Bedroom and nursery

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Mediaeval bed
Box bed
Elizabethan bed

Mediaeval bed
15th and early 16th century. Earlier beds would have had curtain suspended from the ceiling or from rails on the wall. This one supported its own drapes, and could take a fabric canopy. The panels are fretted and coloured.
A mattress is provided.


Box bed
Common in Wales, where the bed would occupy part of the living room. Also seen often in Dutch art of the 17th Century. Draught-proof, but not for the claustrophobic.


Elizabethan Tester bed
2nd half of the 16th century. Probably the grandest piece of furniture in any house, often with inscriptions celebrating weddings. The tester is the carved and panelled canopy.


half-tester bed
Jacobean tester bed
low bed

half-tester bed
An obvious adaption for awkward shaped rooms, it was common as Victorian "reproduction" Tudor, and it could well have existed in Tudor times, even though I have never seen a genuine example


Jacobean tester bed
In the 17th century, styles became more restrained, losing some of the Elizabeth exuberance (vulgarity). This version has a foot board and a boarded base rather than rope stringing.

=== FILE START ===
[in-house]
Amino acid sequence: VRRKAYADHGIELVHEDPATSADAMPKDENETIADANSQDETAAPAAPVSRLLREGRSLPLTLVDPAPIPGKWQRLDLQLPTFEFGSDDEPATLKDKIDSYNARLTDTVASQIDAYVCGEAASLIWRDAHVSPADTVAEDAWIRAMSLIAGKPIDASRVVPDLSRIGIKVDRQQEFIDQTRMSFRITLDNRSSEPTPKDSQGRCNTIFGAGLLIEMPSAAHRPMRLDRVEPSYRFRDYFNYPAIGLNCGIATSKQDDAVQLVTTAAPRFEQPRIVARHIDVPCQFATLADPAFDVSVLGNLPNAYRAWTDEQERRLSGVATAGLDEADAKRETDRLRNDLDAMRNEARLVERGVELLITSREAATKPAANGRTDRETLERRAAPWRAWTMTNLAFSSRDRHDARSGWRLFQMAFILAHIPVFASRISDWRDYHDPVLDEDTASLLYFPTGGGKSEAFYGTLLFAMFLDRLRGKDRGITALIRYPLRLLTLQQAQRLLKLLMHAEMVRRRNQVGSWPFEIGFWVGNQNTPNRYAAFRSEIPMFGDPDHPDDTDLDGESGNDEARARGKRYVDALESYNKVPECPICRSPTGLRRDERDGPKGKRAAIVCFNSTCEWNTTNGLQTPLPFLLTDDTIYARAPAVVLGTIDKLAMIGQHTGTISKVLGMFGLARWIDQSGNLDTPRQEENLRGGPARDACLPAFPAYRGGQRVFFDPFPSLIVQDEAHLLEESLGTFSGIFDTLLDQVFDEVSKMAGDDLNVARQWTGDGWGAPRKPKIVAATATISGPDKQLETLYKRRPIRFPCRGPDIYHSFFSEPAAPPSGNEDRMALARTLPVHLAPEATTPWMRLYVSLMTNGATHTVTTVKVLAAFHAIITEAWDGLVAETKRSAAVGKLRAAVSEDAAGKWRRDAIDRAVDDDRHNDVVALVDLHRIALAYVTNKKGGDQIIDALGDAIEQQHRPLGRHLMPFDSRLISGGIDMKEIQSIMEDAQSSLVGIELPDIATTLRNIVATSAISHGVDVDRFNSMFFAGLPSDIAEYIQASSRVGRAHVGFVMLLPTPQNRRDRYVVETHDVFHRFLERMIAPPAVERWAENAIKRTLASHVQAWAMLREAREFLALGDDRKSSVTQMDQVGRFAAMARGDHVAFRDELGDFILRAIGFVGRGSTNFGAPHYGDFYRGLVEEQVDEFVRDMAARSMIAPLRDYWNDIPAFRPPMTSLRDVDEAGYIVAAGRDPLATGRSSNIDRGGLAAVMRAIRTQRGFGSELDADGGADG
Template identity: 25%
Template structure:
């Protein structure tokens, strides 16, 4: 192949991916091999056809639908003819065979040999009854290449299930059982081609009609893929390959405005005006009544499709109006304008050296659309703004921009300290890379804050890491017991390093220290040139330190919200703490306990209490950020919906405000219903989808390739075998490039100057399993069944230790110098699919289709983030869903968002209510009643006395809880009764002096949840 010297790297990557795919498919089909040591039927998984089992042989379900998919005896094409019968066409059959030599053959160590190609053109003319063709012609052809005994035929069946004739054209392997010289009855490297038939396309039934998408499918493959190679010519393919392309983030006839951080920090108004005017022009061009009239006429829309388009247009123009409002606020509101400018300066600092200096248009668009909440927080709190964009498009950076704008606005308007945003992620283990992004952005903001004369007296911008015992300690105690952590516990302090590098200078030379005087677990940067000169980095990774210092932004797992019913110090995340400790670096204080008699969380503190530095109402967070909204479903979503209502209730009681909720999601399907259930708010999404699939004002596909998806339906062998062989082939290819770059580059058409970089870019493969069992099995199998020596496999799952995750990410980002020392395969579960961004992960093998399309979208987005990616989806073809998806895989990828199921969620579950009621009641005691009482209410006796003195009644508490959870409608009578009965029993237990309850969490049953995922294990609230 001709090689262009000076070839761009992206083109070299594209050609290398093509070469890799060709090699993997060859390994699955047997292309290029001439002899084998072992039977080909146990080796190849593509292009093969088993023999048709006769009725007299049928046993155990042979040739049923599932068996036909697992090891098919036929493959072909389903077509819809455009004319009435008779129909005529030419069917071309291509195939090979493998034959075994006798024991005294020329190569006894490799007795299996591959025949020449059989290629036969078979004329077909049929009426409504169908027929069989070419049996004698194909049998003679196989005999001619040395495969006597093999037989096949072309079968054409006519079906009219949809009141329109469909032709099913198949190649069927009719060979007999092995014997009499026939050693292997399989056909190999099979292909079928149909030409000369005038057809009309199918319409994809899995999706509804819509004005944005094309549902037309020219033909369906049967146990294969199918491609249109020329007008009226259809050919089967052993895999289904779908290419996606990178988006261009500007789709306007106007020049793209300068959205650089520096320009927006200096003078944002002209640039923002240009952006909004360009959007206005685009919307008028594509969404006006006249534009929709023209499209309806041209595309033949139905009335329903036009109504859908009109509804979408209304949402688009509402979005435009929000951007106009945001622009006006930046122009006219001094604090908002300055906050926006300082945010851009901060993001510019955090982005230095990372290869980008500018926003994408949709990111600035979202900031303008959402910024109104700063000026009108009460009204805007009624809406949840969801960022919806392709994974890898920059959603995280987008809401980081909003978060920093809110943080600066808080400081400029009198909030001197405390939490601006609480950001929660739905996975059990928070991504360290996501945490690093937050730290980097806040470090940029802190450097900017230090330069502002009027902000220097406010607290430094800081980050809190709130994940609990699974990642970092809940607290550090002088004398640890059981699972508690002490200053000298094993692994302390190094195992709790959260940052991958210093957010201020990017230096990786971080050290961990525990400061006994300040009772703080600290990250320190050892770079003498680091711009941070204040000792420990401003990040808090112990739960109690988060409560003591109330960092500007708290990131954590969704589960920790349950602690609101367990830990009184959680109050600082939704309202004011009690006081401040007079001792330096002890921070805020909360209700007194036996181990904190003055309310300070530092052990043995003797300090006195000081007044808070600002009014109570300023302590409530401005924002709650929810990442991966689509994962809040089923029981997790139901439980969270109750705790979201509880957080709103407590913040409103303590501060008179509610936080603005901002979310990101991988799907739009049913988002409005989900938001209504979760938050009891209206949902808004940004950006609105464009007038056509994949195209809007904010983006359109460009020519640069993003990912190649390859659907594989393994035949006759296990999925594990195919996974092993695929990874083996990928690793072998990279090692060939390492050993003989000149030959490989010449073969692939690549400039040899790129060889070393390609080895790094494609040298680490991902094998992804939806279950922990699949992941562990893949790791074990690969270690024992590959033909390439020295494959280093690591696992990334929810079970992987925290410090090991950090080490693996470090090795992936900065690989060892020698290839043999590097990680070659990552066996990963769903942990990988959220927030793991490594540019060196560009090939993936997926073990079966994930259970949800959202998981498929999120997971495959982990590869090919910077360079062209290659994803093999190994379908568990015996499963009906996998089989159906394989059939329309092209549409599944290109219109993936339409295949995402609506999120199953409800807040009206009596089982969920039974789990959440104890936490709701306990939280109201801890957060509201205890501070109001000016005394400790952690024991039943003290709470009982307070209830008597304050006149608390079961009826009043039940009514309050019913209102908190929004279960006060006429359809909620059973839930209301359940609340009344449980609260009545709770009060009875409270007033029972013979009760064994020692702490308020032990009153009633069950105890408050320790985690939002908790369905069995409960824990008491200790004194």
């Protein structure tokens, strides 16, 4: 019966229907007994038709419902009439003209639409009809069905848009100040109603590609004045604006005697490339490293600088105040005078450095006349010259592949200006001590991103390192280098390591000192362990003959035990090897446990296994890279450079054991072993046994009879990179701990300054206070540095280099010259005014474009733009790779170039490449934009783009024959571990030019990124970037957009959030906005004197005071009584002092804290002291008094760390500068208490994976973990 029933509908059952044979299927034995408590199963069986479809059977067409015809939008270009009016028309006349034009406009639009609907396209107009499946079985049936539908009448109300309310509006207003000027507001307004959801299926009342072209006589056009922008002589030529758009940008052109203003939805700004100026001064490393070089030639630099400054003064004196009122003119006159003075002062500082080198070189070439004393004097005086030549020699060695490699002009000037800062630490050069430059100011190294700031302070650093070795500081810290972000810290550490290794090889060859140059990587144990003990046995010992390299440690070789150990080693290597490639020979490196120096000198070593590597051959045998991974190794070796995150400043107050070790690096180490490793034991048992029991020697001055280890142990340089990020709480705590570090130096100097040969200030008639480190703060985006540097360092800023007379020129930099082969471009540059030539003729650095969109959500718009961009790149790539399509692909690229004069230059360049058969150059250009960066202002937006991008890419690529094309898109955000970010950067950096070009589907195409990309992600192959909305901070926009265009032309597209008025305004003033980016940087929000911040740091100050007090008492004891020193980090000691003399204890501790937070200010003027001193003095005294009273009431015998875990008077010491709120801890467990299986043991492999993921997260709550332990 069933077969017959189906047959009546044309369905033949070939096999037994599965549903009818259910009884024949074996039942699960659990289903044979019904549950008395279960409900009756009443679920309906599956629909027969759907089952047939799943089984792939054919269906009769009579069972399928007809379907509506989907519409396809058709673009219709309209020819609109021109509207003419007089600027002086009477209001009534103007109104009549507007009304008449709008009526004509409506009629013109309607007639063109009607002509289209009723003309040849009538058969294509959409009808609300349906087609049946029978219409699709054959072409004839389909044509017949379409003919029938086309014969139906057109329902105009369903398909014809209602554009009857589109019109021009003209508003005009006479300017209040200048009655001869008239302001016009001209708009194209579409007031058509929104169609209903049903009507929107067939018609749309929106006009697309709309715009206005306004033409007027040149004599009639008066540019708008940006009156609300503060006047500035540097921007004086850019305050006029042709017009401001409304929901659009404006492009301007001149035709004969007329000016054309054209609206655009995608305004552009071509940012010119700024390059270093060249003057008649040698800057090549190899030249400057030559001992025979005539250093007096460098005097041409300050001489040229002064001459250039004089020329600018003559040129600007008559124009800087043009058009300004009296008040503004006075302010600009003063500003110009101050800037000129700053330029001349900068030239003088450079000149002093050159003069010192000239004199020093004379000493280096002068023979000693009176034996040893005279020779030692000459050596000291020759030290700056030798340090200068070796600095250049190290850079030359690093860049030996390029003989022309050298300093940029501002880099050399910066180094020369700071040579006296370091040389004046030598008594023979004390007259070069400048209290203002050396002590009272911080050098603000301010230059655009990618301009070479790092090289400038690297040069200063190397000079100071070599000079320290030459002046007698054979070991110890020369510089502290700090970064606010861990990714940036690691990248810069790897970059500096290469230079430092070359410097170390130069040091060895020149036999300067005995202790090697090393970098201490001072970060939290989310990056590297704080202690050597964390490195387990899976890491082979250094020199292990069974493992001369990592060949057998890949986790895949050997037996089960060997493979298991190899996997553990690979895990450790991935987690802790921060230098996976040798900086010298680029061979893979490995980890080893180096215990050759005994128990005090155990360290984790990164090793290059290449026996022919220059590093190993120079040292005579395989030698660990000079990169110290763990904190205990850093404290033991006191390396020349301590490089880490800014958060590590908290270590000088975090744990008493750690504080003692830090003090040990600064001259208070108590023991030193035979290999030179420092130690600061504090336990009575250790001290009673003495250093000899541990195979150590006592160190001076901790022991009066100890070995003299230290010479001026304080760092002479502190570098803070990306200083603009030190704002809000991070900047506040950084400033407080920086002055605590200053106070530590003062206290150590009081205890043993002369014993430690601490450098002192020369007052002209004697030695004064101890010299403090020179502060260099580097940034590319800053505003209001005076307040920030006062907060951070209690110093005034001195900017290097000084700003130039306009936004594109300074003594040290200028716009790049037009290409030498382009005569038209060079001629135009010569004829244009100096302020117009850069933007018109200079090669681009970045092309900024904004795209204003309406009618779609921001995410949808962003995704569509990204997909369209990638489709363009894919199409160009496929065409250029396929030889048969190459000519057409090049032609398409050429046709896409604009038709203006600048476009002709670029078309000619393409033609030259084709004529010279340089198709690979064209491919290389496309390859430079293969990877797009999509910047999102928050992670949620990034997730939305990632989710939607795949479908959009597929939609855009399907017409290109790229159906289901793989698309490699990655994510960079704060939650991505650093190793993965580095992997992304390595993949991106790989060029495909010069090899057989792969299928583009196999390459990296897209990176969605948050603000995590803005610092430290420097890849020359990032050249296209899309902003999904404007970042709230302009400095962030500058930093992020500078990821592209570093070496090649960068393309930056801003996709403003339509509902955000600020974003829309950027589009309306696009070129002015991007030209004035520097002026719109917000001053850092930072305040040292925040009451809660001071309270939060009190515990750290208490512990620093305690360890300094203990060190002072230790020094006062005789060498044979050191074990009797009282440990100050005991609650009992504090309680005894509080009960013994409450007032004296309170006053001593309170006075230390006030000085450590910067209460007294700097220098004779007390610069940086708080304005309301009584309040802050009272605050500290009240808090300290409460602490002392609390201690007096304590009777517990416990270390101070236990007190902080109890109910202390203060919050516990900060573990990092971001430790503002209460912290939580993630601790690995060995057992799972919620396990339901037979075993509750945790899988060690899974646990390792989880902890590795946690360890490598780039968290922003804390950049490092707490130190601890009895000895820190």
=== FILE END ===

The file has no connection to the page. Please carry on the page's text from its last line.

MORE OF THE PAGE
Low bed
Suited for low rooms and sloping ceilings


candle stand
clothes press
baby chair
high chair
rocking horse

Candle stand


clothes press
Previously, clothes were stored in a "guarderobe," a closet containing the privy, where the fumes kept moths and fleas at bay. A clothes press is the forerunner of the wardrobe, but has hooks inside, rather than a rail.


Baby chair
16th and 17th century


high chair
16th and 17th century


Rocking horse
based on a 17th century version in London Museum


Mediaeval cradle
rocking cradle
Welsh cradle
coffor bach

Mediaeval hanging cradle
This design is based on one allegedly used by Henry V in the late 14th Century


Tudor rocking cradle
16th and 17th centuries


Welsh cradle
suitable for cottages


Coffor bach
small Welsh chest for baby clothes,